The Wall. 'Nuff said. There's a bit of irony in his nickname given that he was bowled or leg before in nearly a third of his dismissals (89/286) but that doesn't change the fact that he was indeed a Wall for India. Just like Larry Gomes, he batted in a team filled with talented stroke-makers (SRT, Azza, Dada, VVS, Viru at various times) and was a serene presence in the middle that allowed the dashers to their thang. Tendulkar was without a doubt the greater of the two but every famous Indian victory (Eden Gardens, Headingley, Adelaide, Rawalpindi, Jamaica) of the era had the inimitable Dravid stamp. No way India win those matches without the genial Bengalurian. He is also one of just 3 men to have caught more than 200 catches and holds the record for the most catches by an outfielder (210). Cook & Dravid make a mighty fine slip pair.

4. Jacques Henry Kallis: 166 tests, 13,289 runs at 55.37, 45 100s, 292 wickets at 32.65, 200 catches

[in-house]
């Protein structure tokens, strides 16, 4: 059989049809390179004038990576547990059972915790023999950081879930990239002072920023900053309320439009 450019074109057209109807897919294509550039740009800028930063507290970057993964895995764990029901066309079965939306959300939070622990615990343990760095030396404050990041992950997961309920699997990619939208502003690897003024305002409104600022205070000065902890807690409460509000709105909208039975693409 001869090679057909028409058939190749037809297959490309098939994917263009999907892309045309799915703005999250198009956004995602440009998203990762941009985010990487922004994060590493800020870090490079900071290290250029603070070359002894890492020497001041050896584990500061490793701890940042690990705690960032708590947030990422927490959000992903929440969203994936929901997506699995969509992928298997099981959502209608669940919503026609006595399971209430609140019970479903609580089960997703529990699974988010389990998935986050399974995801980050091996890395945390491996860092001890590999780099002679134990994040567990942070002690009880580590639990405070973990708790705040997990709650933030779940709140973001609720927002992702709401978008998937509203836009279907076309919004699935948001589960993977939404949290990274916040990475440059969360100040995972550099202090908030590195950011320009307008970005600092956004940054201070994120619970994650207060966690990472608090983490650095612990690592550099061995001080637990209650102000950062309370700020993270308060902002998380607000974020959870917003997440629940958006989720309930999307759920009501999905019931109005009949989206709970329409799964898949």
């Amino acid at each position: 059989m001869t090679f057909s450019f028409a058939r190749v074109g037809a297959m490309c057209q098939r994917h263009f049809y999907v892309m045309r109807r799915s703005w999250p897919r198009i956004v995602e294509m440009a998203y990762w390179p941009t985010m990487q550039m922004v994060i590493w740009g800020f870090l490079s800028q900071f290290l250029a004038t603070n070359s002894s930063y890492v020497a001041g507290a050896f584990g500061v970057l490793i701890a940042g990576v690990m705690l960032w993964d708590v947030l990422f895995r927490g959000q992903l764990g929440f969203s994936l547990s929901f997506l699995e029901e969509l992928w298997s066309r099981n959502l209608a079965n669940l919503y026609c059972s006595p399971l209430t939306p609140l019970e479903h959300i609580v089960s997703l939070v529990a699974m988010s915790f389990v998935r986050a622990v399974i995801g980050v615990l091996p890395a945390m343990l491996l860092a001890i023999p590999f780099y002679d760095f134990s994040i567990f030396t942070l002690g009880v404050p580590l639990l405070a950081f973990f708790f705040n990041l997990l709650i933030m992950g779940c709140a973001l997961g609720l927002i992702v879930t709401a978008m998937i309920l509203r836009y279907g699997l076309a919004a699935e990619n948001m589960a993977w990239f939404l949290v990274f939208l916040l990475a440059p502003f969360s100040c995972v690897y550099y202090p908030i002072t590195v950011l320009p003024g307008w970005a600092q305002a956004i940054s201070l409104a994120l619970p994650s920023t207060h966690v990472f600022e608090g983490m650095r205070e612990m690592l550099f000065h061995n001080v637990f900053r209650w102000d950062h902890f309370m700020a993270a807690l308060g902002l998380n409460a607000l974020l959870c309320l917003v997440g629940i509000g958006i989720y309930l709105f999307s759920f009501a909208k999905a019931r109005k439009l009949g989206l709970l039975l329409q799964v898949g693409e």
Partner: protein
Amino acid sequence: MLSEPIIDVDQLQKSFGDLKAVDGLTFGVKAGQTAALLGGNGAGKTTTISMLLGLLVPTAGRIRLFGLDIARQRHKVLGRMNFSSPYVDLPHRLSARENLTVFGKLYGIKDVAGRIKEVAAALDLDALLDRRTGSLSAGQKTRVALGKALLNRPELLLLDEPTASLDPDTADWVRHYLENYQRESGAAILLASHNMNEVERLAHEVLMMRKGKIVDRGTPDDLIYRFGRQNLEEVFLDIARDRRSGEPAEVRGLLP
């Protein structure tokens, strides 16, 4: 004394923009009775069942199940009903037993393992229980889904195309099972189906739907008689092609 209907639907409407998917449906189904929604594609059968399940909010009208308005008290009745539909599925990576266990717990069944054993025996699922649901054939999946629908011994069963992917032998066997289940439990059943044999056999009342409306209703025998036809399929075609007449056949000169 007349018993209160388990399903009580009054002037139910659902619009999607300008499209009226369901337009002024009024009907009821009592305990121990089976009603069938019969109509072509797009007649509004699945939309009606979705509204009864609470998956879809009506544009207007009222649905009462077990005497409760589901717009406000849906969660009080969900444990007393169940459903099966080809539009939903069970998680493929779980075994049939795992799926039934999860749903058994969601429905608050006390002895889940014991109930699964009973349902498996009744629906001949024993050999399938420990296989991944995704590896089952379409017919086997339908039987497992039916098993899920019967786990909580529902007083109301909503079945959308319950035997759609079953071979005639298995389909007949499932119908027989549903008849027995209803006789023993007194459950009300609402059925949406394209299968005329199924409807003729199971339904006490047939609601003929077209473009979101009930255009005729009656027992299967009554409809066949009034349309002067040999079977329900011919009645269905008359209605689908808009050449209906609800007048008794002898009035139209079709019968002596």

The designated (batting) all-rounder of this side. The Wall of Sathafrika for nearly 2 decades. Had all the shots in the book but cut them all out to forge a career of tough runs. His 45 test 100s are second only to Tendulkar. He could never impose his will on test like a Lara or a Ponting or a Tendulkar but my word he could be irremovable from the crease. In addition to his rock-like batting, he was a fabulous 3rd seamer who could keep things exceptionally tight with disciplined bowling. He also had decent pace and a fine short ball to keep the batsmen on their toes. A man that simply won't beat himself. He was also a safe pair of hands as his 200 catches attest.